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VAT: Mixed supplies cause child car seat confusion

Should the fee to hire child car seats along with car hire agreement be subject to 5% VAT as a separate supply? The FTT agreed it was a separate supply, but this appears to contradict earlier decisions.

7th Aug 2020
Independent VAT Consultant
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Shot of an adorable little girl being secured in her car seat by her mother
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The subject of mixed supplies reared its head as a practical issue in the hospitality industry following the recent VAT cut from 20% to 5%. For example, when a ‘pie and pint’ offer is sold by a pub for a single price it must apportion the output tax between 5% VAT on the pie and 20% VAT on the alcoholic drink – it is a mixed supply. 

Mixed supply challenges have confused advisers, HMRC, judges and clients for decades, despite the landmark 1999 case heard in the ECJ: Card Protection Plan Ltd C349/96

The waters have been muddied further with a recent case heard in the FTT.

Child car seat

Imagine the following situation: it will cost you £25 per day to hire a car. You have a child under seven so, legally, you need a child seat in the car. You pay an extra £10 per day to hire a seat from the hire company. It is an optional fee – in fact, 75% of hirers with children don’t need it because they have their own seat. 

Has the car hire company made a single supply of a “car with child seat”, ie all subject to 20% VAT? Alternatively, has it made two supplies; one for car hire with 20% VAT, and one with the optional £10 child seat charge qualifying for 5% VAT as per Group 5, Sch 7A, VATA 1994

The child seat question was considered in the case of Europcar Group UK Ltd (TC07733) and involved VAT of £631,178. 

Hiring skates

Here is a similar example: you take your young daughter to an ice rink and pay £20 for a skating session. You make a separate and optional payment of £10 to hire skates for her. Hire of children’s clothing qualifies for zero-rating (VAT Notice 714, para 9.3). Will you pay 20% VAT on £20 or on the full cost of £30, ie is it a single supply of a skating session for two people or mixed supply of skating plus hire of a child’s skates? 

HMRC approach

An important question is to consider whether each supply is an aim in itself, or is there one main supply with others being incidental. 

In the Europcar case HMRC concluded that “what has been supplied is car hire in which all intended passengers can be transported safely and legally.” The aim of the customer was not to hire a child seat for the car.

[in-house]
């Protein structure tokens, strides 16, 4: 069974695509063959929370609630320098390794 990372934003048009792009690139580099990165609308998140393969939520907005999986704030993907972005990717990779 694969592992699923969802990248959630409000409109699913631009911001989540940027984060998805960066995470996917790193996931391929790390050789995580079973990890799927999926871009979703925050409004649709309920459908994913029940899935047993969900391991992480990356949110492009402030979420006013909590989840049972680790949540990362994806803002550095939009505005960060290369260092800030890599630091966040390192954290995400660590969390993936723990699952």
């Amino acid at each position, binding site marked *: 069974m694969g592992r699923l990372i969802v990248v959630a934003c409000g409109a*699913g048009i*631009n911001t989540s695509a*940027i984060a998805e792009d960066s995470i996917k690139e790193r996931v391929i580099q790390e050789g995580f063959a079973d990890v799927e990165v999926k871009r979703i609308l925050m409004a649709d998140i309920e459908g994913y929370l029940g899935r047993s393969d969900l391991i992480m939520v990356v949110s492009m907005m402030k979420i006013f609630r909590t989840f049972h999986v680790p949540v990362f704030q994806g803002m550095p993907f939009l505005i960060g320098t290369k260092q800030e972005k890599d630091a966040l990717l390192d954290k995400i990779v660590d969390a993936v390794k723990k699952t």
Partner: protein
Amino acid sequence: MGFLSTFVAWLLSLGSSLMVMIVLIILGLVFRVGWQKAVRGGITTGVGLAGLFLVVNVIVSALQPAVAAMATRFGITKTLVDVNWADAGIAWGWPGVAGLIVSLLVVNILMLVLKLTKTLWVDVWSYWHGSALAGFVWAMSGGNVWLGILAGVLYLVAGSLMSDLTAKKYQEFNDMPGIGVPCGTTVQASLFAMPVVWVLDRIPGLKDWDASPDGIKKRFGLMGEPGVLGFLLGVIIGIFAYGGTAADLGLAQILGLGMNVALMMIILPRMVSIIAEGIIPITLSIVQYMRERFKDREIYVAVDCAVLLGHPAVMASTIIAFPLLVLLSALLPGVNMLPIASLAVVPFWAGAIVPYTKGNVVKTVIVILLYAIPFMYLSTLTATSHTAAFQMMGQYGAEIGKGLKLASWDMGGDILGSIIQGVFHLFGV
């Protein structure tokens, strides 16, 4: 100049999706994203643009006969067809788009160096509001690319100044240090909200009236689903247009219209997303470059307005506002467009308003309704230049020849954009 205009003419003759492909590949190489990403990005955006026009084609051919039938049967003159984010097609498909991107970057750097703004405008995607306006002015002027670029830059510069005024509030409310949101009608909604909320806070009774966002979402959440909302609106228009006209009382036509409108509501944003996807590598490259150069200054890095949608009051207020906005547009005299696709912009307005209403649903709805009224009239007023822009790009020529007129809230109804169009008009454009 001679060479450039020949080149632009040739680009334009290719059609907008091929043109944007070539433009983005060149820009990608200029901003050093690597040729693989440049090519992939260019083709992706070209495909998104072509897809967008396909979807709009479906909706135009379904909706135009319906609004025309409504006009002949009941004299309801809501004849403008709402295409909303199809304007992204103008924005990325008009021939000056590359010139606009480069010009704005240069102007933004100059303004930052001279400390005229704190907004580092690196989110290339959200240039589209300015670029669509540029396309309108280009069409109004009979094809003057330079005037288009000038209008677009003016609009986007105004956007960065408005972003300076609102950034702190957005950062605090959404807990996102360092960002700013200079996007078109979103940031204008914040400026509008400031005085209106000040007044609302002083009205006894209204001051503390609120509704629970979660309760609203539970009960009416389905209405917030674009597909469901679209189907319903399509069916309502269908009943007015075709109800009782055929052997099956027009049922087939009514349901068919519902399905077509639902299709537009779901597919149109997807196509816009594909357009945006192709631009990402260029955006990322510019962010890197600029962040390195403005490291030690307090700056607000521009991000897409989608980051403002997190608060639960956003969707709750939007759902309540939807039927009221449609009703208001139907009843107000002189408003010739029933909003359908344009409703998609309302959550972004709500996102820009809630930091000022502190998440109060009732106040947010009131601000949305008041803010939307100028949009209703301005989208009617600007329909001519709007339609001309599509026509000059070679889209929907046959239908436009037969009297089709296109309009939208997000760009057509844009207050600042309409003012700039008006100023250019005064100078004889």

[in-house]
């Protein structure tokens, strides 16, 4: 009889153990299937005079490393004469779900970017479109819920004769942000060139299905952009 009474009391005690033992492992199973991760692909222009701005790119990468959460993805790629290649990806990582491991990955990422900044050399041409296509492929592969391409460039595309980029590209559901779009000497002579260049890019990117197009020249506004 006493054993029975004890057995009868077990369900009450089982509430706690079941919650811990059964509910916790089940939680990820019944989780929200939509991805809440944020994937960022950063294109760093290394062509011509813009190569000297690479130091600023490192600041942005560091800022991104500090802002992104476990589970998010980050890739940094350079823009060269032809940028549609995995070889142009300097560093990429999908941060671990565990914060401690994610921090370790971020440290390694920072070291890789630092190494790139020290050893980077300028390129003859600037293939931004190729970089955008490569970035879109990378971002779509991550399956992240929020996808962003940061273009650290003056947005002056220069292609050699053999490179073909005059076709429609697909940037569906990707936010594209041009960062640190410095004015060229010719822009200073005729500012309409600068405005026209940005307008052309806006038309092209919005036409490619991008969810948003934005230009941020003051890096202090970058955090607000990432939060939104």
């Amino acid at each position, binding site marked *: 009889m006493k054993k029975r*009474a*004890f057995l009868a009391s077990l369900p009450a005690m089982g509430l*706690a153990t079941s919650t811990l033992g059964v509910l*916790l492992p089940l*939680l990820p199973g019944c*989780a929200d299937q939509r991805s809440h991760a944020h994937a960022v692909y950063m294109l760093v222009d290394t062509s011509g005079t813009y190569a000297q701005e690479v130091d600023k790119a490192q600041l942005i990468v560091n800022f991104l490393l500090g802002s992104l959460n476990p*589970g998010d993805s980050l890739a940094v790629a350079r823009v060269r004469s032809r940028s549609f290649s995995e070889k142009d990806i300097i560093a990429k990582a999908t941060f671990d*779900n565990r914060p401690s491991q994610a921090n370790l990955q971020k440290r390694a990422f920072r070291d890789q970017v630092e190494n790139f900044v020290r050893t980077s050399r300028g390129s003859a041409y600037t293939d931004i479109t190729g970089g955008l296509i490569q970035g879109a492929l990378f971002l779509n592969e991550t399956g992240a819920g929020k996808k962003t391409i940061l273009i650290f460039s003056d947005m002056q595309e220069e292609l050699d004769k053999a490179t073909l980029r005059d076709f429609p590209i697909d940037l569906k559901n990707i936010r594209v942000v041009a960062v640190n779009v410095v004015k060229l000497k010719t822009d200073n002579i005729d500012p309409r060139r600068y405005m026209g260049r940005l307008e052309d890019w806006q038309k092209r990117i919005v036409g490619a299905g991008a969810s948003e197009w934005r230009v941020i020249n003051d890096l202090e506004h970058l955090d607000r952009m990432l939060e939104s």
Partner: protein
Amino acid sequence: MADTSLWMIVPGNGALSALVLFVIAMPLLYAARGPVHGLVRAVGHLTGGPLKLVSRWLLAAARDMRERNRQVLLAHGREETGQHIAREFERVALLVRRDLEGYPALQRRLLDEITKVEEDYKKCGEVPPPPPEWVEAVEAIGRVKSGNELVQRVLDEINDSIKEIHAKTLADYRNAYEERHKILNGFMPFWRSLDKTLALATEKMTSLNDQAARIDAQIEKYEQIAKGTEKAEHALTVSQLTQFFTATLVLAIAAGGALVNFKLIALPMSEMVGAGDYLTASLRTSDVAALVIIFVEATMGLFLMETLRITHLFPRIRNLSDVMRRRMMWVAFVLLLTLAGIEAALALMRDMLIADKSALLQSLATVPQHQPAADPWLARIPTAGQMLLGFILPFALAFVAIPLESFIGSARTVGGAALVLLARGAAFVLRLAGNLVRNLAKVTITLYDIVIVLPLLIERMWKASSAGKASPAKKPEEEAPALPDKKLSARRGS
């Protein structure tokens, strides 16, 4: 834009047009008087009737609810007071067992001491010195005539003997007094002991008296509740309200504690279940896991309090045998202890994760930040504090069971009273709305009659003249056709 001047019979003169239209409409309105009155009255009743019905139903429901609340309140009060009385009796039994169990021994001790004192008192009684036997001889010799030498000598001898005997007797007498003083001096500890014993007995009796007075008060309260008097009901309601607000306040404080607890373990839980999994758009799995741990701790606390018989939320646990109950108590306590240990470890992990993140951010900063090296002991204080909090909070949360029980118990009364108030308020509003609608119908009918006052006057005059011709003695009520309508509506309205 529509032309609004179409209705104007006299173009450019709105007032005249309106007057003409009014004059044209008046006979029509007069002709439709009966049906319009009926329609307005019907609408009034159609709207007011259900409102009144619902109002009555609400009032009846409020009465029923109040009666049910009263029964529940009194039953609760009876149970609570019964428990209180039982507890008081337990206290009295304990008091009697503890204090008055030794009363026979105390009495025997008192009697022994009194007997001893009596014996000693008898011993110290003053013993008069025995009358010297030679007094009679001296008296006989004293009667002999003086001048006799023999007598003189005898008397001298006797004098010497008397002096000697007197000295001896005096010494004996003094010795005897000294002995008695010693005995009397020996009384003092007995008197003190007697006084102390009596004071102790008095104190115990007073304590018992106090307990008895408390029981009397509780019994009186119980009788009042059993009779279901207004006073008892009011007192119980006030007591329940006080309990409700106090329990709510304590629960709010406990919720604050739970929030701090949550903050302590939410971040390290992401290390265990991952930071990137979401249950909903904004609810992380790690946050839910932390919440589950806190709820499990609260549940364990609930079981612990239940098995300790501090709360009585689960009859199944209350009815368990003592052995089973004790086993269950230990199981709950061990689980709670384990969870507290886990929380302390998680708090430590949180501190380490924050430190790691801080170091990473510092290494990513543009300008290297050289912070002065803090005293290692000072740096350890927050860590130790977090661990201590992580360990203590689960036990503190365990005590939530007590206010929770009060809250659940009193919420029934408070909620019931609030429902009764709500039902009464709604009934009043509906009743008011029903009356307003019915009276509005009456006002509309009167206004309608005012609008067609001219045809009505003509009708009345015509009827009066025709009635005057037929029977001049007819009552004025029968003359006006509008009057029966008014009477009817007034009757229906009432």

The same argument was made in the case of Ice Rink Co Ltd UKUT0108, that there was a single supply of “skating with skates” and not two separate supplies.

The decision

The judge disagreed with HMRC: the child car seat was an optional extra and customers had “freedom of choice” whether they paid for this extra benefit. The two supplies were “economically distinct” and the contract gave the customer “a genuine economic choice as to whether to hire a car seat or not.” The appeal was allowed. 

Judges confusion 

The FTT case involving Ice Rink Co Ltd was heard in 2017 and also went in favour of the taxpayer. But the UT hearing of that case muddied the waters in 2019, when it said the relevant issue was the viewpoint of the customer who paid for both skates and rink hire as a single package, not a typical customer who might not need the skates. The UT decided that the FTT had erred in law and sent it back to the FTT. 

Conclusion

In my view, the child’s skates and child car seats arrangements are identical and it is worrying that the courts have given different views. There are no easy answers. 

However, a key tip is to remember that separate pricing of supplies and the availability of optional extras does not always mean there are multiple supplies, despite the latest decision. 

Going back to pubs, a measure of gin costing £3.50 with an extra 50p charged for a splash of tonic is still a single supply of an alcoholic drink for £4. Cheers!  

Replies (2)

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By richard thomas
07th Aug 2020 14:43

As the judge in the Ice Rinks FTT case it is not appropriate for me to comment on the article, but I would like to correct one misapprehension. The FTT decided in Europcar that there were two supplies, so one could be reduced-rated. The FTT in Ice Rinks also decided that there were two supplies so that one could be zero-rated. The Upper Tribunal decided that in arriving at that decision the FTT approached the issue incorrectly and so it found that the decision could not stand: but it did not, as it could have, remake the decision to say that there was only one supply. Instead it remitted it back to the FTT to find further facts and to make its decision anew on the basis of the facts so found.

So as the decisions currently stand they both go the same way, but either or both may change, depending on whether HMRC appeal Europcar and what the FTT decides after the remitted hearing in Ice Rinks (a decision which will of course also be potentially appealable). No Court or Tribunal has given a differing view.

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By Paul Crowley
08th Aug 2020 22:03

It appears that HMRC VAT looks at all times and in all places to increase the sum of output VAT. If HMRC operates the tax it should be reasonable to expect them to be correct. Why with so much experience do they keep getting it wrong?

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